I was recently taken aback by an Advocate editorial wherein John Stewart raked Danielle Smith over the proverbial coals for comments she made about the premier.
“I think Ms. Redford doesn’t like Alberta all that much,” Smith said. “She doesn’t like who we are. She doesn’t like our character. She wants to change it.”
Stewart opined that Smith’s comments (his words were “rant” and “diatribe”) at a news conference on day three of the campaign were “offensive and more than a little disturbing.”
“She’s decided to draw a line in the sand,” said Stewart, “suggesting that anyone who doesn’t think the way that she does is not truly an Albertan.”
Does anyone really believe this is what Smith meant to imply? What she genuinely believes? It’s preposterous.
Are we honestly that afraid of the right-winged boogey-man?
I’m not sure this response is even warranted, since there are so many substantive issues to address in this election, but Stewart’s depiction of Smith (and by association her party) are so over-the-top reactionary as to demand fair context and balance.
Admittedly, Smith’s comments were badly-worded and unnecessarily personal; taken out of context, they do seem harsh and mean-spirited. So here’s some context:
Firstly, Smith was responding to comments earlier made by Redford.
“I think it’s about the future,” said Redford, “understanding that we’re a different community, that we’re a different society, that we have the opportunity to make some really wise and long-term decisions that will change the character of our province.”
The substance of Redford’s words echo what many political commentators have repeated since she assumed office: that the influx of people moving to Alberta for work over the past couple of decades has changed the cultural and political climate of our province.
We are collectively now less conservative is the theory advanced — more amenable to leftward shifts in “the character of our province.”
As an electorate, we are left to surmise what sorts of character changes Redford envisions for our future, but one thing is clear: it’s headed left on the political spectrum.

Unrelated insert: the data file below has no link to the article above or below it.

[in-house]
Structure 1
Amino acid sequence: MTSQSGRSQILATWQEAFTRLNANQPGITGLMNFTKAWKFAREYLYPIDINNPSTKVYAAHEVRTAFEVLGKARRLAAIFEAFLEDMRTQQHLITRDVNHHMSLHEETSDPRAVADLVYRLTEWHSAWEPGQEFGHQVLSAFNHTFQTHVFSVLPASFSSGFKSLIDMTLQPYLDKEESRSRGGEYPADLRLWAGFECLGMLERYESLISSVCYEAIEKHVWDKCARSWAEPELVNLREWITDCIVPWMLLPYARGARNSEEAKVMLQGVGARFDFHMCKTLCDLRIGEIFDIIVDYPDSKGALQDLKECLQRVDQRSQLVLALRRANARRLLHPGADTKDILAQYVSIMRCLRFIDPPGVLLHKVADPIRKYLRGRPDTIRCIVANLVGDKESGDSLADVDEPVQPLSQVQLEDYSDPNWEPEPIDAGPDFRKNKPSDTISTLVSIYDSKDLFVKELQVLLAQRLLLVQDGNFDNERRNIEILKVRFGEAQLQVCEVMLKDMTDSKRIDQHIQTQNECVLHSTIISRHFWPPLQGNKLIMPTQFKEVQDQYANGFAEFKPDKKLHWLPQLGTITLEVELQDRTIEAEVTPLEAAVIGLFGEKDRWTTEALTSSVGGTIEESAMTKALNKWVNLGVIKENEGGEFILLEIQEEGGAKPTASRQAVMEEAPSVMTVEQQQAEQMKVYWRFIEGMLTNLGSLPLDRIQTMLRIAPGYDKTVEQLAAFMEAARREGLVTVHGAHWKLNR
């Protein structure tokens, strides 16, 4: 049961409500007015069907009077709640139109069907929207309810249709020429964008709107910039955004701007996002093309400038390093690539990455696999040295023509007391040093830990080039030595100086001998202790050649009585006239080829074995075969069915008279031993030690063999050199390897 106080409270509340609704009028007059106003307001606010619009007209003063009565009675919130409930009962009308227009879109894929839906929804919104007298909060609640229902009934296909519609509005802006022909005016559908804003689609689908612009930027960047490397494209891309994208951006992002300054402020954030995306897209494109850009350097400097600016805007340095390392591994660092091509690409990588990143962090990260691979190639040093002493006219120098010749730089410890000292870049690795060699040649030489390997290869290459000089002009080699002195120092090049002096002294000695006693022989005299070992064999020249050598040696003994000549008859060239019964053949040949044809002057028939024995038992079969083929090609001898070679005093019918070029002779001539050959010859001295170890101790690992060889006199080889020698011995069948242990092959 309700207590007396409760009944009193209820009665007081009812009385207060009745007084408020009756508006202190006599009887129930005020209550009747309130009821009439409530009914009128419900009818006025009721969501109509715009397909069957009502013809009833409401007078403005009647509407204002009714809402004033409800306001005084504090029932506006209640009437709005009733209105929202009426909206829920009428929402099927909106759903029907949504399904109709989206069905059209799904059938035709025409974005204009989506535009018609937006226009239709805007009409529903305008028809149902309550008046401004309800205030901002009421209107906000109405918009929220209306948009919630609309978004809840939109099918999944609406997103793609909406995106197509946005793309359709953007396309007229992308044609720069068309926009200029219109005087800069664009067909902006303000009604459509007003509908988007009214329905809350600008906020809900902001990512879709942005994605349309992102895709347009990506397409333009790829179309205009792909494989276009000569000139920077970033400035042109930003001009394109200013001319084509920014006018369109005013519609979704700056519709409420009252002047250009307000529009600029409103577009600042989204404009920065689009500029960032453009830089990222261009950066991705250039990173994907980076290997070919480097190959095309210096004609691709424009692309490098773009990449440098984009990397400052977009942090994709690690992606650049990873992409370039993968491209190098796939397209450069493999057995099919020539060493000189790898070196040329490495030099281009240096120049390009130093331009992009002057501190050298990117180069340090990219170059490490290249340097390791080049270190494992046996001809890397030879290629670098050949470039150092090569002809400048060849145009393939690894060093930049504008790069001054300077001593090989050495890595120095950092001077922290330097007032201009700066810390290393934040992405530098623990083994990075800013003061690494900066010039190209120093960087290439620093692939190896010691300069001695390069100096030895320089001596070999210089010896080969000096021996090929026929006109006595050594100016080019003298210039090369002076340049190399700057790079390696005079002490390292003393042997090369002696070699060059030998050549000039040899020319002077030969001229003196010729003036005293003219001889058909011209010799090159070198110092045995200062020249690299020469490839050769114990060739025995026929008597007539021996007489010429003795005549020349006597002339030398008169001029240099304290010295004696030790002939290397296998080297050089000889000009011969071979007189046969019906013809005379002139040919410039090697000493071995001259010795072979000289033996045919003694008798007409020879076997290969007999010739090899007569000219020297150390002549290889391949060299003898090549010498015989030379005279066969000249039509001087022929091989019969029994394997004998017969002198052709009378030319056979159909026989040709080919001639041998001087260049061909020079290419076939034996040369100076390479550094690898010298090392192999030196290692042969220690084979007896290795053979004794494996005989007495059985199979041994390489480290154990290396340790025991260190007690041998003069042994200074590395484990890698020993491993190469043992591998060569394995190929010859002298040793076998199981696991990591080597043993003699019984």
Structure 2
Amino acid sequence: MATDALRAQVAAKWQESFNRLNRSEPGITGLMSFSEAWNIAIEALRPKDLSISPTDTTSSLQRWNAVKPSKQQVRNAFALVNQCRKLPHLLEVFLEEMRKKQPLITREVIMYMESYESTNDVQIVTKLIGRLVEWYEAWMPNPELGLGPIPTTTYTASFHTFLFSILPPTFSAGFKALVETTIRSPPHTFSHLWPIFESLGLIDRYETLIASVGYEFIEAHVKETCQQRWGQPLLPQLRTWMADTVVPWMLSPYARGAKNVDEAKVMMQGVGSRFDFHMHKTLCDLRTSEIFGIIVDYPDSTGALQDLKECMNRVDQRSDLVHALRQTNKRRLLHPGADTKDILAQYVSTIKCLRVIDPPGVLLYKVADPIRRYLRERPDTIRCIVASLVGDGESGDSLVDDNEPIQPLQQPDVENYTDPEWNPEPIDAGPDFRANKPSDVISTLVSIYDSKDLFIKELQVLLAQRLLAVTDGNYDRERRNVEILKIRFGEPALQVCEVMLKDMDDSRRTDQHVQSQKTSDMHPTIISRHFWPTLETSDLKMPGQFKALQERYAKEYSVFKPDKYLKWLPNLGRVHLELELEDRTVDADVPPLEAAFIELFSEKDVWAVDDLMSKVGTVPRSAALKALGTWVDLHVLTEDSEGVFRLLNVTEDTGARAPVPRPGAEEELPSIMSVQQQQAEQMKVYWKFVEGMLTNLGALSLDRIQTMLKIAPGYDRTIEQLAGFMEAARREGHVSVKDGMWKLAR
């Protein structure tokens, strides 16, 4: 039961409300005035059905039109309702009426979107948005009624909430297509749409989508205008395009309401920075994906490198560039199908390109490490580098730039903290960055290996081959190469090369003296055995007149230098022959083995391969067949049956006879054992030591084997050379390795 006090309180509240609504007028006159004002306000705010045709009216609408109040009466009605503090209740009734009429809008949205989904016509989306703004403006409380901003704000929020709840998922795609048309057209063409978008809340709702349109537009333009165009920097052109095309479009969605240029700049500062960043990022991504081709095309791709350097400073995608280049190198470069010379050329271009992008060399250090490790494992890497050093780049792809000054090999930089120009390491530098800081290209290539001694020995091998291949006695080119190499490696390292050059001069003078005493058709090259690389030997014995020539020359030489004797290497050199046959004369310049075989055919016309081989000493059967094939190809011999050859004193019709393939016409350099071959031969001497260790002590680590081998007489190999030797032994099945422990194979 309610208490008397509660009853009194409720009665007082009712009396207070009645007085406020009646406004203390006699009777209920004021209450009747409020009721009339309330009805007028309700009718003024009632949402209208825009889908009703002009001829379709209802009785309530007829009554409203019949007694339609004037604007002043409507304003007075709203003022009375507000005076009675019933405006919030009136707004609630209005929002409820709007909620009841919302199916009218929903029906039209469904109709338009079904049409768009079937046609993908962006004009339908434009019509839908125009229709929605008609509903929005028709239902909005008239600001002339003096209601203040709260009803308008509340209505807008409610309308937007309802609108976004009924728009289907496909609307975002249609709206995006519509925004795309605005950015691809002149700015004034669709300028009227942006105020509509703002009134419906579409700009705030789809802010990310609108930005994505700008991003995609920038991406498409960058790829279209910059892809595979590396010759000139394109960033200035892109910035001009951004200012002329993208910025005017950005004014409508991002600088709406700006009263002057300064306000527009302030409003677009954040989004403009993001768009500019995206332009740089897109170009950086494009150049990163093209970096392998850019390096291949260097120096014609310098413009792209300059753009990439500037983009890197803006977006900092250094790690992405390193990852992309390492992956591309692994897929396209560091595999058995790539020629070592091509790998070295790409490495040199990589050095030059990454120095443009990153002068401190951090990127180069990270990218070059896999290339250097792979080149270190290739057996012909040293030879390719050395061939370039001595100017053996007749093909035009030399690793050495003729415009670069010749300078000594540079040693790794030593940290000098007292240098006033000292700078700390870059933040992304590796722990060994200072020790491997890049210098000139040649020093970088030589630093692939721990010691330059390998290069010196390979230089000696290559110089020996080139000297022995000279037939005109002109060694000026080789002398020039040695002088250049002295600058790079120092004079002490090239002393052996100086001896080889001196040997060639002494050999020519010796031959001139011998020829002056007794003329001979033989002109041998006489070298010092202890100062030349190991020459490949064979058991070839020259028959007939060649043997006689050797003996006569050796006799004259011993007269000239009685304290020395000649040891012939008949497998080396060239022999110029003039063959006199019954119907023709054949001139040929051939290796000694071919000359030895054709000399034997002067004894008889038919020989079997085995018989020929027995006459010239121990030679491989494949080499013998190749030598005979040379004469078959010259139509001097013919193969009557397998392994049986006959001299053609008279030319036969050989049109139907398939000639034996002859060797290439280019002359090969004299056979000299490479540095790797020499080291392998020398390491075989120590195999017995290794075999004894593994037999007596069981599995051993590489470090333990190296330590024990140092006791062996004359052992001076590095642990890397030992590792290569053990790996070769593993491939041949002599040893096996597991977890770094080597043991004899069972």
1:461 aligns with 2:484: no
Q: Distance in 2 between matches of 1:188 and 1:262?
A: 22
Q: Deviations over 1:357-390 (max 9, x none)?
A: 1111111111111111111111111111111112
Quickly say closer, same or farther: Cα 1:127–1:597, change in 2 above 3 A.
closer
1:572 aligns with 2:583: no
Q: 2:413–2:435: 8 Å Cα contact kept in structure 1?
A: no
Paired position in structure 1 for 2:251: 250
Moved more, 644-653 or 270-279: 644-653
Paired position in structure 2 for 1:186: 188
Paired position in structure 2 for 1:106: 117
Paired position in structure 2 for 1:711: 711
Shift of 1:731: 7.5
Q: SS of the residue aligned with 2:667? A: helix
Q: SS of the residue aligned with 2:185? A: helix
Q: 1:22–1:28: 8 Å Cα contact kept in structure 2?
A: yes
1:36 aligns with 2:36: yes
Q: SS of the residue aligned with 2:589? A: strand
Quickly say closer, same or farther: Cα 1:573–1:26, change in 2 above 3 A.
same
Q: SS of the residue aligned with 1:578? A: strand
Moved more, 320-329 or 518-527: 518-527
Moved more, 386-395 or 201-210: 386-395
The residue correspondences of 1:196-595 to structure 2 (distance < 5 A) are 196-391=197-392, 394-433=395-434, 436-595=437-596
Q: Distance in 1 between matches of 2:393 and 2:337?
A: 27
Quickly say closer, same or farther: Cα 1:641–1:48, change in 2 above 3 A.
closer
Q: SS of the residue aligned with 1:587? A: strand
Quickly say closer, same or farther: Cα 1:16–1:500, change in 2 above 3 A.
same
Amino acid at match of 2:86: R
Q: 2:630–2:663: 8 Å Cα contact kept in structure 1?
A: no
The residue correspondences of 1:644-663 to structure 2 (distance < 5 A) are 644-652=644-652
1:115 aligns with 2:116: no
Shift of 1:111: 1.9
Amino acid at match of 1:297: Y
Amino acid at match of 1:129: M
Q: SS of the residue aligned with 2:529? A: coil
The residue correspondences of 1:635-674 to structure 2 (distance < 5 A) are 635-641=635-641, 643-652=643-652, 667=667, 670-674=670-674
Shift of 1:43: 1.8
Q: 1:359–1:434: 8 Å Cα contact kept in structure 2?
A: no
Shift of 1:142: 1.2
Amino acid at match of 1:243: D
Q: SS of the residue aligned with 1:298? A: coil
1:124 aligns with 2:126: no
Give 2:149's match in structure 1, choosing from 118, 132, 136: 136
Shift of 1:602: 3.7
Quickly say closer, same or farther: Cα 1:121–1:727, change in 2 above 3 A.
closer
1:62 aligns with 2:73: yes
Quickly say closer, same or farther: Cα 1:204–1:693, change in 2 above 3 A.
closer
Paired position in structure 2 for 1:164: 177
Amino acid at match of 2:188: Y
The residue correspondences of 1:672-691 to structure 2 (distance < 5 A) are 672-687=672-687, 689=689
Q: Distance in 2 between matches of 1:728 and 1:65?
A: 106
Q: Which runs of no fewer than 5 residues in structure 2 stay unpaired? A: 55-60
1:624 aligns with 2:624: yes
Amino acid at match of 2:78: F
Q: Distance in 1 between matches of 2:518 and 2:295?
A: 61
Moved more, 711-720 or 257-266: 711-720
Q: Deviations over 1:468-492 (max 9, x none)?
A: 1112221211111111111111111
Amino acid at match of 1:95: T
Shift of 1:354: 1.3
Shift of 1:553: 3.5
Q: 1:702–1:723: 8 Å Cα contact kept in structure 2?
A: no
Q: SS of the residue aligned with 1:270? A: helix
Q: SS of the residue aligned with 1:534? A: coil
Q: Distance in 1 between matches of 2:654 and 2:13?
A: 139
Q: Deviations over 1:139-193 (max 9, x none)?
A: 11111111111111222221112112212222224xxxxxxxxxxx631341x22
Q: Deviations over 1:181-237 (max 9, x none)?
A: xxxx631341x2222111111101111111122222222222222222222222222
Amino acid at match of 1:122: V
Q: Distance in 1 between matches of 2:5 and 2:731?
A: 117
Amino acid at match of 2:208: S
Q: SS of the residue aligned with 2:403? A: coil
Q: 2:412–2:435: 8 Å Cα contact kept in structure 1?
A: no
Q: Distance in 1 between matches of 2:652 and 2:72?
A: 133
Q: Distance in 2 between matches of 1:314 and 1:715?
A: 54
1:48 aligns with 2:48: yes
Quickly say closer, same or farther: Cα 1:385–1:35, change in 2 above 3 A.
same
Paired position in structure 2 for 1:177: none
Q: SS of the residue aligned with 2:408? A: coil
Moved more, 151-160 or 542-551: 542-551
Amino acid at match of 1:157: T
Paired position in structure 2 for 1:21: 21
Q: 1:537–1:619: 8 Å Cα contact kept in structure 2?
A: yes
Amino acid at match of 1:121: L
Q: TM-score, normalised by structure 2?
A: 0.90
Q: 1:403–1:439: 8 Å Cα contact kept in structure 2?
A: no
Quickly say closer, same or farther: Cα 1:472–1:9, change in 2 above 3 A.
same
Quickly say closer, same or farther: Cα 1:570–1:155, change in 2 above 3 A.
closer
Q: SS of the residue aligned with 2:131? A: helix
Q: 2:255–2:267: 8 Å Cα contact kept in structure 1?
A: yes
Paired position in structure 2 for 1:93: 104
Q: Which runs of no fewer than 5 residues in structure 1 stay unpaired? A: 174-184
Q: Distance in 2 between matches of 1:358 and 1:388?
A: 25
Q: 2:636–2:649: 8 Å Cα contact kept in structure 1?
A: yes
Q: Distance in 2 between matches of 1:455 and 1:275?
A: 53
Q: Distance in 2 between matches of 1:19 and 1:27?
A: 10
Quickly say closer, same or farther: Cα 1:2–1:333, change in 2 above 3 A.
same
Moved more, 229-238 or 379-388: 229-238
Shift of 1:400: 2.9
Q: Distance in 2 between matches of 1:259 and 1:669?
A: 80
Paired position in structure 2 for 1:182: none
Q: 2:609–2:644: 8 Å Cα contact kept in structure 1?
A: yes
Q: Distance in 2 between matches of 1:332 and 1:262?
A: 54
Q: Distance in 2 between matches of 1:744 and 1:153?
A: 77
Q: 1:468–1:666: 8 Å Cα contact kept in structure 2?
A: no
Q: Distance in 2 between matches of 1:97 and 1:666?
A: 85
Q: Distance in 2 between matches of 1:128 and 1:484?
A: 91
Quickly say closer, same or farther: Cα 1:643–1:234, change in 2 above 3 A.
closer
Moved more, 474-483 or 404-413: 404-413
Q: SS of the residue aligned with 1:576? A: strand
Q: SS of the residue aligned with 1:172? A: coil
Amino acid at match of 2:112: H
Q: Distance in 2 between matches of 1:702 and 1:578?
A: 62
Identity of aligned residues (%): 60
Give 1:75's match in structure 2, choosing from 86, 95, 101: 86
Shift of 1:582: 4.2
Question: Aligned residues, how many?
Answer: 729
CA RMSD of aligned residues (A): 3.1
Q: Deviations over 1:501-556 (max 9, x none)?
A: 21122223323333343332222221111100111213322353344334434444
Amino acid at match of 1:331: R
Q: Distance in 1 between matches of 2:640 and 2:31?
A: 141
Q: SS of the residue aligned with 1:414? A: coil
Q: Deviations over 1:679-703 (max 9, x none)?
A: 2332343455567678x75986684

And this is precisely the distinction Smith was trying to make.
“Ms. Redford — who has only ever worked in government or for government, and spent many, many, many years working outside of Alberta — has a great deal of faith in what big government schemes can do,” said Smith later in the same news conference. “I don’t believe we need to have a pan-Canadian multi-jurisdictional government-led program on anything.”
“She is a big government liberal,” continued Smith. “I’m a small government conservative. That’s really what it comes down to.”
When Smith says that Redford doesn’t really like the character of our province — that she wants to change it — Smith is, in fact, playing off the premier’s own words and stated aspirations.
Should Smith have been more diplomatic in her discourse? Less personal? Absolutely, but I would call it a minor misstep in an otherwise civil campaign thus far.
Essentially, Smith is saying that many Albertans like the conservative nature of our collective character, and aren’t comfortable with left-leaning change.
Secondly, Stewart not only jumps, but flat-out free-falls, to all manner of puzzling conclusions respecting the concept of change in his aforementioned editorial.
“If you believe that change in Alberta is good and necessary,” said Stewart, “if you believe that evolution is part of the political and social process, then you apparently don’t belong in Smith’s Alberta. She may not even like you very much.”
What? I feel like I just stepped into the twilight zone or something.
Not only does Smith believe that change is good and necessary, but her entire campaign hinges upon it.
Every page of the Wildrose playbook speaks of changing the politics of complacency and entitlement, of inertia and bureaucracy, of promises broken and resources squandered by the embattled PC dynasty.
No one speaks louder for change than Danielle Smith.
Finally, Stewart ended his piece with an abstruse reference to polling numbers: “The latest polls show that Smith and the Wildrose party have between 34 and 41 per cent of the popular support,” said Stewart. “If those numbers are anywhere near accurate, that still means that the overwhelming majority of Albertans aren’t interested in a stand-pat Alberta.”
Again, here’s the context: based on Forum Research’s latest poll, if the election were held today, the Wildrose would form a majority government with 58 seats, and the PCs a distant second with 22.
Another poll (ElectionAlmanac.com) projects as follows: Wildrose — majority with 50 seats (39.6 per cent of popular vote) and PCs — 27 seats (30.3 per cent of popular vote), at time of writing.
Evidently, enough Albertans are interested in Danielle Smith and her message of meaningful change that they just may hand Redford and her Tories an historic pass directly to opposition. The race is clearly on.
Vesna Higham is a local lawyer, former Red Deer city councillor and a freelance columnist.